In a piece here Amina Talhimet observes that in order to make it in southern Europe, it is no longer enough for African emigrants to be odd-job men. That’s true to a certain extent, but sometimes the skills that enable the boat people to earn a living here are obtained on the road.
There’s a young lad working round the corner who left his family in Muslim Anglophone West Africa and walked most of the way to Algeria. There he worked for two years in a smithy, saving all the while for the next stage. When he had saved enough, he was bundled into one of two boats by smugglers. His boat made it.
His next stroke of phenomenal good fortune came here, when he was taken off the street and given a home by a family. They had a chat with the neighbours, who employed him as an apprentice in their workshop. He’s now attending school and has just rented his first flat. He blushes when he sees women topless on the beach, but he’s still only 17.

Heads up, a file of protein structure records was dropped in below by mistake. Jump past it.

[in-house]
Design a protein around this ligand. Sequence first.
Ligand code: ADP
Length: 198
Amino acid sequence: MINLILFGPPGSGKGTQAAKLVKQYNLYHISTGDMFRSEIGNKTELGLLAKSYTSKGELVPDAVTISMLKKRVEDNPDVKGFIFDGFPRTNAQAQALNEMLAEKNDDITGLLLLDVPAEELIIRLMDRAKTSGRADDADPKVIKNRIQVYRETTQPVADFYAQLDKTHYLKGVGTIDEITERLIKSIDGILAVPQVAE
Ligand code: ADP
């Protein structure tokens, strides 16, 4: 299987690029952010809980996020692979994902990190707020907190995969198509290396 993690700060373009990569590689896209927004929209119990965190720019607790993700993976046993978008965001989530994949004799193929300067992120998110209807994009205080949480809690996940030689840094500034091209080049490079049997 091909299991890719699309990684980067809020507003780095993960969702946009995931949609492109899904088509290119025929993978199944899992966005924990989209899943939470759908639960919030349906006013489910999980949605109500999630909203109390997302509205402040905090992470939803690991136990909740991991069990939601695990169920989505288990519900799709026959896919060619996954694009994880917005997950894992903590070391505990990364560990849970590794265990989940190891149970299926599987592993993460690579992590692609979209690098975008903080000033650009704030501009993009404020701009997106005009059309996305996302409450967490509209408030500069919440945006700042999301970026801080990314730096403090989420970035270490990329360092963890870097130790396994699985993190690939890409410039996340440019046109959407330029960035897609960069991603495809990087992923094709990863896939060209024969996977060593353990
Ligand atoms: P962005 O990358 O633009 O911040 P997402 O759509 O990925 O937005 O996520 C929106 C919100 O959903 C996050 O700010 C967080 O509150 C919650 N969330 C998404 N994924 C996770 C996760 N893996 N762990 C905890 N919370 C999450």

- Learn your languages or end up a beggar
A 76-year-old Malay Muslim woman from southern Thailand who got on the wrong bus 25 years ago and ended up living
- Sock it to them, saviour
African guru sells excellent footwear
- Squeezing it for all it’s worth
Idi Amin and other celebrity accordionists
Check this fine interview with Violeta la Burra, courtesy of la Gazza Lazza. To demonstrate to you how much standards have
- Transvestite barrel organ dancers in 1930s Whitechapel and the 1860s London West End
With acrobats, clowns, and Doris and Thisbe, goddesses of wind.